My UV Patch isn’t the first wearable sun exposure tracker. Low-tech colour-changing wristbands and patches have been around for years, while the more hi-tech June by Netatmo UV-detecting band (pictured below) was launched in 2014. But Balooch believes My UV Patch is the most advanced and accurate, plus there’s no denying it’ll be the most ubiquitous sun exposure tracker and anti-ageing wearable once it launches. “Other trackers on the market are mainly rigid electronics that are worn on the wrist,” says Balooch.
“This does not allow you to apply the wearable on the part of the body you are most concerned about. And furthermore, applying product on the device is not possible either which makes it difficult to know the true level of protection. The level of accuracy of our wearable has been thoroughly tested through multiple controlled studies as well as real-life studies which we believe also bring us to a very innovative solution.”
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We asked top dermatologist Dr Stefanie Williams of European Dermatology London for her take on My UV Patch and wearable sun exposure trackers in general. “I welcome the development of sun exposure trackers as they keep reminding us about the possibility of sun-induced skin damage and the need to protect our skin,” she says.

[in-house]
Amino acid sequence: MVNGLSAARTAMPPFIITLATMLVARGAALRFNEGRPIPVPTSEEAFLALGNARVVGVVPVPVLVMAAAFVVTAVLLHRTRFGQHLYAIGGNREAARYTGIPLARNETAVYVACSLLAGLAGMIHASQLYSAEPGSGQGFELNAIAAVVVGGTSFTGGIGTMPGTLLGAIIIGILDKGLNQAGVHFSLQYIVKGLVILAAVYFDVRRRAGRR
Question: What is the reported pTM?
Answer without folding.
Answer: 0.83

“These trackers are also a good idea because the warning sign of sunburn only reaches its maximum after 24 hours, so you could continue to expose your skin before you actually see any redness. I like the general thinking behind My UV Patch. However, you have to take a photo and then upload it to a mobile app before you can find out more about your personal UV exposure. This might not be the most usability-friendly approach.”
If My UV Patch is a success, what sort of wearable tech can we expect from L’Oréal in the future? Balooch’s team is currently testing second skin patches that measure hydration levels, skin elasticity and skin temperature, which all have potential anti-ageing applications. And L’Oréal’s willingness to adapt MC10’s BioStamp technology coupled with its strategic partnership with PCH International means that these wearables may actually see the light of day.
Balooch’s ultimate aim is to create a skin-like device that can give the wearer personalised beauty advice on skin moisture levels, UV exposure, the best rejuvenating products to use for their complexion and all sorts of other customised anti-ageing hacks.
Feeligreen’s anti-ageing patch